What do Court Reporters Need from Attorneys Before a Trial or Hearing?
Court reporters are highly trained professionals who, like attorneys, prepare for a new trial or hearing well in advance. In order to use their stenograph at the required 225 wpm to accurately transcribe the proceedings, court reporters build custom shorthand dictionaries with names and information specific to the case.
To accurately build a complete steno dictionary and create abbreviations for subject matter unique to the case, including names and key phrases, they need attorneys to submit the following:
- Joint Exhibits and Witness List – Generally standard forms with the case number, name, court clerk, department, type of hearing; and for the exhibits, the ID, number, date received, and description of each. The witness list includes the name, title, and address of each person an attorney intends to call, as well as a brief summary of the witness’ testimony.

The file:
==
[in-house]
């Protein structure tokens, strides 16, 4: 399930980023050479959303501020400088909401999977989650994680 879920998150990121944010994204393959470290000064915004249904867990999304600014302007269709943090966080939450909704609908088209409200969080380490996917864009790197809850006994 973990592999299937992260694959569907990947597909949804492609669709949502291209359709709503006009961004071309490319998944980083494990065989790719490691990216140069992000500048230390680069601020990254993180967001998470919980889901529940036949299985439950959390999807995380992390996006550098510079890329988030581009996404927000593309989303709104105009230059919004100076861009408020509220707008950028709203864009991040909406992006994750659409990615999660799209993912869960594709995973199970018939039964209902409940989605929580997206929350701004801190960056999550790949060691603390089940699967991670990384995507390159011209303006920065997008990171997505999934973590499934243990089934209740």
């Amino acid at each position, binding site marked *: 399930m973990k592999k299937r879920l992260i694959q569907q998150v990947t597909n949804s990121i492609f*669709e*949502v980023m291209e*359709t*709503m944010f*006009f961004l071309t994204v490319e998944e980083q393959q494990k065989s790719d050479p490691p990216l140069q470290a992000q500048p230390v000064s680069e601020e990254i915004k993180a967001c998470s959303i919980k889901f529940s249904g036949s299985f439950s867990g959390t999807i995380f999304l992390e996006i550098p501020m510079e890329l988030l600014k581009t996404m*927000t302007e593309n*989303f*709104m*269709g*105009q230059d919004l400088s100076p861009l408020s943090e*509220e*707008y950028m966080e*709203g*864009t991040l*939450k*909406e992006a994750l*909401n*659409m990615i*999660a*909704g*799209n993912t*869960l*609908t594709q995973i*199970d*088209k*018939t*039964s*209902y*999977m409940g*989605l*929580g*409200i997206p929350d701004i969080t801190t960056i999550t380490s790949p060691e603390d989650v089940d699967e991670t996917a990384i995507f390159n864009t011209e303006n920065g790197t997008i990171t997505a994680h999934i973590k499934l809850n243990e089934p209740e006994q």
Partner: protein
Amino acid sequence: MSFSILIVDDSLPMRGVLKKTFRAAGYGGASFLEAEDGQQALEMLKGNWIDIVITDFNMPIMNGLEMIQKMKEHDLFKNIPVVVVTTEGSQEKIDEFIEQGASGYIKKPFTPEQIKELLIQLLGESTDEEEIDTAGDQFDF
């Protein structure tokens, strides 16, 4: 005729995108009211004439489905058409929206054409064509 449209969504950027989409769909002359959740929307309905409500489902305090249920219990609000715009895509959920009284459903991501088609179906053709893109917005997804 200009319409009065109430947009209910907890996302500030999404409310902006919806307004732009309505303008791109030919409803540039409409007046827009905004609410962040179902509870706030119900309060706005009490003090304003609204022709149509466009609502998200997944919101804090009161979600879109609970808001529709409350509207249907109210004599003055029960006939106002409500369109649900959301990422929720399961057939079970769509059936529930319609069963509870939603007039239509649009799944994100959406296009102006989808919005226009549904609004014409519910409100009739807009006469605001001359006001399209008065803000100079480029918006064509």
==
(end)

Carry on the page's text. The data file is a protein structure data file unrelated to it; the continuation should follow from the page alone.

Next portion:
- Job Dictionary from the Depositions – The court reporter(s) who reported the witness depositions will have done a lot of the legwork already. Referencing their dictionaries will help the trial court reporter speed up his or her preparations.
- Case Citation List – Providing a list of past court case decisions that are relevant to the current case will enable the court reporter to reference them quickly and efficiently at trial.
- Points and Authorities – The memorandum referencing important legal points that are discussed in the case, and the authorities that are relied on, is a key document the court reporter uses to prepare abbreviations for trial.
- Motions in Limine – Knowing what evidence may be excluded from trial, and evidence that will need to be discussed, enables the court reporter to have a well-rounded dictionary.
- Trial Briefs – Gaining access to the facts, evidence, and legal arguments the attorney intends to present enables the court reporter to develop key abbreviations for both names and ideas.
To further aid the court reporter in their preparation, it his helpful to submit as many documents as possible, particularly the Points of Authority, Motions in Limine, and Trial Briefs, in searchable PDF format.
A court reporter is a key ally at trial. Submitting all of the above documents by the required deadline will enable the court reporter to develop a complete case-specific steno dictionary, which is imperative for them to provide clean, real-time transcripts.